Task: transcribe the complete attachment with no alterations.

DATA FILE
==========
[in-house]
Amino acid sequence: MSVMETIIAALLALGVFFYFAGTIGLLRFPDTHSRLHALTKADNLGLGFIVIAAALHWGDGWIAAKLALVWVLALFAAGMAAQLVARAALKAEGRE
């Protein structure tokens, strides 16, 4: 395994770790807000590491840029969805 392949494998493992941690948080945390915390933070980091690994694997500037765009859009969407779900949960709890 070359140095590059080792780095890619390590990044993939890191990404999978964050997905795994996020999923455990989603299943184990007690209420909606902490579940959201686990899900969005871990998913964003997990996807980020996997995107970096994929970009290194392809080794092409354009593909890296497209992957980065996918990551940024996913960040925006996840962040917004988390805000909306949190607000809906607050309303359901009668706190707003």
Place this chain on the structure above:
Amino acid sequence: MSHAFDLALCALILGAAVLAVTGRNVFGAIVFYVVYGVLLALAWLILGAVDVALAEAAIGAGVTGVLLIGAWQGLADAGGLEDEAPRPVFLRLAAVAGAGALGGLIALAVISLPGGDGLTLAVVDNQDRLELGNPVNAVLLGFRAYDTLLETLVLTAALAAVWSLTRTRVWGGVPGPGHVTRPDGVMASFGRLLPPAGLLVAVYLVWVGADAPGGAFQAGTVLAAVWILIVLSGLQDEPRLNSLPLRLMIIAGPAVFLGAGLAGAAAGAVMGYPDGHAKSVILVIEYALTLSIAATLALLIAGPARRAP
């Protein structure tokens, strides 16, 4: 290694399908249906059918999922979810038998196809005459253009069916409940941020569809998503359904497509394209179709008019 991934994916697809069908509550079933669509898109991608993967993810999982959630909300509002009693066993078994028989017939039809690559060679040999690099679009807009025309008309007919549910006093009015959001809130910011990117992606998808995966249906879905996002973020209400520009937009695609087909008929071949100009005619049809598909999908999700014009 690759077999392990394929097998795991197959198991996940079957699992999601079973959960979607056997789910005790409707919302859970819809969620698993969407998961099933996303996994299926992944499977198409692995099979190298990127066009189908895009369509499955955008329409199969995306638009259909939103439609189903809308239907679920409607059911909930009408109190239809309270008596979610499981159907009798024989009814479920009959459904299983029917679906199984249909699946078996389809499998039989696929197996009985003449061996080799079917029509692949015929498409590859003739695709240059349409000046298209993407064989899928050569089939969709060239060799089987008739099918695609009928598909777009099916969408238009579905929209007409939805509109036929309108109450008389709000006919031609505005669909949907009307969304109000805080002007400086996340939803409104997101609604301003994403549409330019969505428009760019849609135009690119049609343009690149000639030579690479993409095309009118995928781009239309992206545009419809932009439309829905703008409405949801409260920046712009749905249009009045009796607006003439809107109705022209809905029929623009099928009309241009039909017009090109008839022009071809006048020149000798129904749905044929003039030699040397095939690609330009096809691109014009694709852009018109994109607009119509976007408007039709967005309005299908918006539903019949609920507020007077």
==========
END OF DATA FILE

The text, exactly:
[in-house]
Amino acid sequence: MSVMETIIAALLALGVFFYFAGTIGLLRFPDTHSRLHALTKADNLGLGFIVIAAALHWGDGWIAAKLALVWVLALFAAGMAAQLVARAALKAEGRE
């Protein structure tokens, strides 16, 4: 395994770790807000590491840029969805 392949494998493992941690948080945390915390933070980091690994694997500037765009859009969407779900949960709890 070359140095590059080792780095890619390590990044993939890191990404999978964050997905795994996020999923455990989603299943184990007690209420909606902490579940959201686990899900969005871990998913964003997990996807980020996997995107970096994929970009290194392809080794092409354009593909890296497209992957980065996918990551940024996913960040925006996840962040917004988390805000909306949190607000809906607050309303359901009668706190707003």
Place this chain on the structure above:
Amino acid sequence: MSHAFDLALCALILGAAVLAVTGRNVFGAIVFYVVYGVLLALAWLILGAVDVALAEAAIGAGVTGVLLIGAWQGLADAGGLEDEAPRPVFLRLAAVAGAGALGGLIALAVISLPGGDGLTLAVVDNQDRLELGNPVNAVLLGFRAYDTLLETLVLTAALAAVWSLTRTRVWGGVPGPGHVTRPDGVMASFGRLLPPAGLLVAVYLVWVGADAPGGAFQAGTVLAAVWILIVLSGLQDEPRLNSLPLRLMIIAGPAVFLGAGLAGAAAGAVMGYPDGHAKSVILVIEYALTLSIAATLALLIAGPARRAP
């Protein structure tokens, strides 16, 4: 290694399908249906059918999922979810038998196809005459253009069916409940941020569809998503359904497509394209179709008019 991934994916697809069908509550079933669509898109991608993967993810999982959630909300509002009693066993078994028989017939039809690559060679040999690099679009807009025309008309007919549910006093009015959001809130910011990117992606998808995966249906879905996002973020209400520009937009695609087909008929071949100009005619049809598909999908999700014009 690759077999392990394929097998795991197959198991996940079957699992999601079973959960979607056997789910005790409707919302859970819809969620698993969407998961099933996303996994299926992944499977198409692995099979190298990127066009189908895009369509499955955008329409199969995306638009259909939103439609189903809308239907679920409607059911909930009408109190239809309270008596979610499981159907009798024989009814479920009959459904299983029917679906199984249909699946078996389809499998039989696929197996009985003449061996080799079917029509692949015929498409590859003739695709240059349409000046298209993407064989899928050569089939969709060239060799089987008739099918695609009928598909777009099916969408238009579905929209007409939805509109036929309108109450008389709000006919031609505005669909949907009307969304109000805080002007400086996340939803409104997101609604301003994403549409330019969505428009760019849609135009690119049609343009690149000639030579690479993409095309009118995928781009239309992206545009419809932009439309829905703008409405949801409260920046712009749905249009009045009796607006003439809107109705022209809905029929623009099928009309241009039909017009090109008839022009071809006048020149000798129904749905044929003039030699040397095939690609330009096809691109014009694709852009018109994109607009119509976007408007039709967005309005299908918006539903019949609920507020007077």